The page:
On the afternoon of January 19, DJB officials in Wazirabad noticed a sudden degradation in water quality in the raw water supply from Yamuna. At Wazirabad Intake which supplies raw water to two WTPs — Chandrawal and Wazirabad — the level of ammonia kept increasing over the next two days.
“Around 2.30 pm on January 19, the ammonia content in raw water was 0.90 mg/l. By 10.30 pm, this figure had increased to 2 mg/l. The situation continued to worsen the next day. Around 9.30 am on January 20, ammonia level in raw water supply from Wazirabad pond had reached 2.6 mg/l. The content of ammonia in raw water should be less than 0.5. Raw water cannot be treated if it crosses this limit ,” said a senior DJB official.
Within hours, Delhi informed Haryana and DJB officials met, while a joint inspection team of DJB and Haryana government officials got busy identifying the reasons behind the increase in ammonia. What followed was the shutting down of the two WTPs till the ammonia level reached the acceptable limit, affecting potable water supply in several parts.
According to the findings of the inspection team, three areas were identified where effluents were being released illegally and adversely affecting the quality of water.
Near Mandora Village in Haryana, industrial waste was being discharged through DD 8 Drain. Near Khojkipur in Haryana’s Panipat area, industrial pollutants was being released in the rver course through Munak Escape or Drain No. 2.
Moreover, domestic industrial waste was also being discharged from another drain into DD 8 Drain.
On the basis of these findings, the DJB Chairperson and Delhi’s Tourism Minister Kapil Mishra sought Union Minister for Water Resources Uma Bharti’s intervention “to persuade Haryana to check the industries which are releasing untreated effluents”.
“If the quantum of ammonia in raw water increases to 0.5 ppm or mg/l and beyond, the operation of raw water has to be suspended as ammonia with the treating agent chlorine gives rise to Trihalomethane which is carcinogenic in nature,” Mishra said. DJB officials further added that at least twice a year, they are faced with the problem of increase in ammonia level due to release of industrial pollutants.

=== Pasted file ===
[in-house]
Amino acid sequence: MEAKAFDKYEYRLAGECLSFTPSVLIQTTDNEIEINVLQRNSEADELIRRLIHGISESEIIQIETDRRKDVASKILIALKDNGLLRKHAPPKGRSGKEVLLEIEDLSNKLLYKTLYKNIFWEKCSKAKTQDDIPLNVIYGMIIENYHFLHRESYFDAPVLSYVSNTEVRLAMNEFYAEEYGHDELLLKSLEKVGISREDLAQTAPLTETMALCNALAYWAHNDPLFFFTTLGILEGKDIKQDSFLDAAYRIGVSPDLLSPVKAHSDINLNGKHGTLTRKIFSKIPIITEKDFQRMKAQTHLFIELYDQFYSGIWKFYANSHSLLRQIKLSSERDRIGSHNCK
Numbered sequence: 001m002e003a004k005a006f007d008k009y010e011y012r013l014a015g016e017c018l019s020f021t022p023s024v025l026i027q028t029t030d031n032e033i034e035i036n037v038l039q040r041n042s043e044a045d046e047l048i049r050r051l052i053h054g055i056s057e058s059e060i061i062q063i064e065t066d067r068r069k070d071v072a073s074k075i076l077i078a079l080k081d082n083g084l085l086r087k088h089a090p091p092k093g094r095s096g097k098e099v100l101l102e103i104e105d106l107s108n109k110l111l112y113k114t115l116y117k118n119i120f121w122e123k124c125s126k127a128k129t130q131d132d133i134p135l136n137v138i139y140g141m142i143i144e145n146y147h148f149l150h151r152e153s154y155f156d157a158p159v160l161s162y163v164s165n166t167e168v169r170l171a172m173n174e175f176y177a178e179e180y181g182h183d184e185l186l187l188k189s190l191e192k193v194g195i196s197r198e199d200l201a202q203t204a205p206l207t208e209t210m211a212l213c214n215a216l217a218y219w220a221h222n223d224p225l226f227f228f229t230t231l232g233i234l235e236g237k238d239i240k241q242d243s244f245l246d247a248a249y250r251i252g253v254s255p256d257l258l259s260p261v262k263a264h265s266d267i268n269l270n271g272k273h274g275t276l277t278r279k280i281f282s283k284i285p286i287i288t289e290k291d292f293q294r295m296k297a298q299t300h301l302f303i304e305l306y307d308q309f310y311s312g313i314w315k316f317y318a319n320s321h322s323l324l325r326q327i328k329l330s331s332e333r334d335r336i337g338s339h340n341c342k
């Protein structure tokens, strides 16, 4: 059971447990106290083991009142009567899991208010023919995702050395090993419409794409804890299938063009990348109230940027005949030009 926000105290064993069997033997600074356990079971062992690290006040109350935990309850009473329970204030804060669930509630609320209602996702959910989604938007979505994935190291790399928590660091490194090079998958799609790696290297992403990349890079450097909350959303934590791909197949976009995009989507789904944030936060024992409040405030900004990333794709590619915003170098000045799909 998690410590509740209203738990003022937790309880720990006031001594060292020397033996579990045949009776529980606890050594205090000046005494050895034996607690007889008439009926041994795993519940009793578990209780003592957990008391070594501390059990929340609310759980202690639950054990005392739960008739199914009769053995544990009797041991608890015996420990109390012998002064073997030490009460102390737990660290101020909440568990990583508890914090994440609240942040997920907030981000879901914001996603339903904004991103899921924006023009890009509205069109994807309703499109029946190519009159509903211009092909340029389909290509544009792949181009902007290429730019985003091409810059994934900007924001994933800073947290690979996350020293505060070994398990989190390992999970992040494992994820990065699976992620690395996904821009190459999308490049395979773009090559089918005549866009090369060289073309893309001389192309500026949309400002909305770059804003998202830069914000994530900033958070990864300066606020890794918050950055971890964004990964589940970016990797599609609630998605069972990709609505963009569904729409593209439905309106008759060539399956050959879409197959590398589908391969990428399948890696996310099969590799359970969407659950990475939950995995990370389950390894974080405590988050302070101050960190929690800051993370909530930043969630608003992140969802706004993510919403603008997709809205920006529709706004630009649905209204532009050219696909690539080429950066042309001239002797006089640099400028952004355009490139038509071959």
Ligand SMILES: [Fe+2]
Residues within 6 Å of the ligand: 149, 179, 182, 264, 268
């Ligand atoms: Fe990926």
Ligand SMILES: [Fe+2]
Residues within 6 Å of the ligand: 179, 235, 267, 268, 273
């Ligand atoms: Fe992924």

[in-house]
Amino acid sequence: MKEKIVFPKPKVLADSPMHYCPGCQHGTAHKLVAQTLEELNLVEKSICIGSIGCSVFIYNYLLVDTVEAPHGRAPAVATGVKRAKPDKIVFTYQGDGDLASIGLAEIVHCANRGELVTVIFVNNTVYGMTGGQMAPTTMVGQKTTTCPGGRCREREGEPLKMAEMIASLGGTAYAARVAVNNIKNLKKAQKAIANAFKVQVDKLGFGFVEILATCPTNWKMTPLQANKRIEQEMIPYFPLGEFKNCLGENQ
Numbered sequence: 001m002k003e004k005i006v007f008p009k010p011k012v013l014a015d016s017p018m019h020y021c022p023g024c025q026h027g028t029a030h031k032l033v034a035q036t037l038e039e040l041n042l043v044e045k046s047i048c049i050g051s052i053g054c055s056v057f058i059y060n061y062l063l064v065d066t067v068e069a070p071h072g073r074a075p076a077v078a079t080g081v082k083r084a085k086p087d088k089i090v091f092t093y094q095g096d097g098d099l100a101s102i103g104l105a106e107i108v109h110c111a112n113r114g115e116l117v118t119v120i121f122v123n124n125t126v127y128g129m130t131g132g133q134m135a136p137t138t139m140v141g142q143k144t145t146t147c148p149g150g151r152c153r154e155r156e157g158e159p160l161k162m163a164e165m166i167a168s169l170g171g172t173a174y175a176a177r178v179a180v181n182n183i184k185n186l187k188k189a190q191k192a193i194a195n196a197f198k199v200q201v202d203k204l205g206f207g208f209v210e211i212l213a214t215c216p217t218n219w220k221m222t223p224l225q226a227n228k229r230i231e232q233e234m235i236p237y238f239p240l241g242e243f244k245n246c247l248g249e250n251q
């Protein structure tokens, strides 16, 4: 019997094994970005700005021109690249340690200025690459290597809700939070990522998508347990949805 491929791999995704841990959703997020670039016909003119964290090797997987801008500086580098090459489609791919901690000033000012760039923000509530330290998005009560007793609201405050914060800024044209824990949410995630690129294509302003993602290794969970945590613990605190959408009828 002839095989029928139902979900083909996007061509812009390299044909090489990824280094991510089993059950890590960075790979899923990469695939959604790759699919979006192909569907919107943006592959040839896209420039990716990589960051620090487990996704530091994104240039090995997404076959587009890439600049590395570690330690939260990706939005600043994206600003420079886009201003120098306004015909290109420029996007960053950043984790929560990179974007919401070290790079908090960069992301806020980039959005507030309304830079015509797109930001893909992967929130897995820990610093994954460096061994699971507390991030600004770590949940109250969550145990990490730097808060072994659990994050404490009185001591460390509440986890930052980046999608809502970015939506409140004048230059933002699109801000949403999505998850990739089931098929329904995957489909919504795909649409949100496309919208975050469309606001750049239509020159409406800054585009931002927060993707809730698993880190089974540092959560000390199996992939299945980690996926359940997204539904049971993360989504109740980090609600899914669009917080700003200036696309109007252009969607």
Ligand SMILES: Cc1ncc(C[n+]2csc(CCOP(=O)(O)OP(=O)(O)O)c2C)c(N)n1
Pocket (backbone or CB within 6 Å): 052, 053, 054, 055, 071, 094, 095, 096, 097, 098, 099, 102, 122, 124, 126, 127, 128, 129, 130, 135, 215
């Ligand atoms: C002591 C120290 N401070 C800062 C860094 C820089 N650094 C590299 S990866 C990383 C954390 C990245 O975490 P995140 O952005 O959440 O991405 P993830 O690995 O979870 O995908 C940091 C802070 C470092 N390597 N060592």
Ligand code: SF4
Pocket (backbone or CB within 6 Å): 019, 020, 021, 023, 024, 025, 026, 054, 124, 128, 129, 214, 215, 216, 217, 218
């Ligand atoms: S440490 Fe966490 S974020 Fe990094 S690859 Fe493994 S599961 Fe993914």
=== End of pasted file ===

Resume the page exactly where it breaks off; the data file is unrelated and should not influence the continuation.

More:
The spikes in ammonia concentration after the monsoons, coupled with the chlorine used for disinfecting water, leads to the formation of a category of toxic byproducts known as Trihalomethanes (THMs).
The WHO in its water safety guidelines, notes that studies on animal have shown the increased consumption of THMs from drinking water to lead to “reproductive and developmental toxicity”, and even cancer.
According to a 2010 study by NEERI, these compounds are “increasingly recognised as cancerous agents”.
“Studies are underway to identify the association of THMs consumed from drinking water with cancer. But it has been established that consumption of water with high levels of THMs, increases concentration of THM in blood, which affects the metabolic system. This first affects certain organs like liver and kidney. Increasingly there is evidence, that a a cellular level, exposure leads to mutation, which leads to the probability of an association with cancer,” says Dr S K Sharma, head of medicine at AIIMS.